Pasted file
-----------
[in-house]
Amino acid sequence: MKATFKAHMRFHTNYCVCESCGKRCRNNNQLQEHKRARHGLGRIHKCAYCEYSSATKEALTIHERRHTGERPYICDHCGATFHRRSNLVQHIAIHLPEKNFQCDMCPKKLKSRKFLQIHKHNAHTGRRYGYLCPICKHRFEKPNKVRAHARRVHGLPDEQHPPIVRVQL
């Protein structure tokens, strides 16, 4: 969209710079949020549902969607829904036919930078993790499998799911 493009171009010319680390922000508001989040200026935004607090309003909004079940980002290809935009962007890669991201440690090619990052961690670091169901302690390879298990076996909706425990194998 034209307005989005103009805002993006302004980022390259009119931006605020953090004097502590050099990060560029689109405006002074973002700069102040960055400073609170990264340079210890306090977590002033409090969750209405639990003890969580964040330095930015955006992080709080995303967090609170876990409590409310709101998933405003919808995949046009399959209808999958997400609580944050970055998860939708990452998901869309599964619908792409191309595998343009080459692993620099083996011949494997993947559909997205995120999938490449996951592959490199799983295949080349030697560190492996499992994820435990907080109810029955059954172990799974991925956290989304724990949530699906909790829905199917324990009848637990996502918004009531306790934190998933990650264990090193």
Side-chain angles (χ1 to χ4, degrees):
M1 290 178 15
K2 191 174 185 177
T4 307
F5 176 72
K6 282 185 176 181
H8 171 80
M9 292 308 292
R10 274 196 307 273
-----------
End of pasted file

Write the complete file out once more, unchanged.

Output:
[in-house]
Amino acid sequence: MKATFKAHMRFHTNYCVCESCGKRCRNNNQLQEHKRARHGLGRIHKCAYCEYSSATKEALTIHERRHTGERPYICDHCGATFHRRSNLVQHIAIHLPEKNFQCDMCPKKLKSRKFLQIHKHNAHTGRRYGYLCPICKHRFEKPNKVRAHARRVHGLPDEQHPPIVRVQL
């Protein structure tokens, strides 16, 4: 969209710079949020549902969607829904036919930078993790499998799911 493009171009010319680390922000508001989040200026935004607090309003909004079940980002290809935009962007890669991201440690090619990052961690670091169901302690390879298990076996909706425990194998 034209307005989005103009805002993006302004980022390259009119931006605020953090004097502590050099990060560029689109405006002074973002700069102040960055400073609170990264340079210890306090977590002033409090969750209405639990003890969580964040330095930015955006992080709080995303967090609170876990409590409310709101998933405003919808995949046009399959209808999958997400609580944050970055998860939708990452998901869309599964619908792409191309595998343009080459692993620099083996011949494997993947559909997205995120999938490449996951592959490199799983295949080349030697560190492996499992994820435990907080109810029955059954172990799974991925956290989304724990949530699906909790829905199917324990009848637990996502918004009531306790934190998933990650264990090193």
Side-chain angles (χ1 to χ4, degrees):
M1 290 178 15
K2 191 174 185 177
T4 307
F5 176 72
K6 282 185 176 181
H8 171 80
M9 292 308 292
R10 274 196 307 273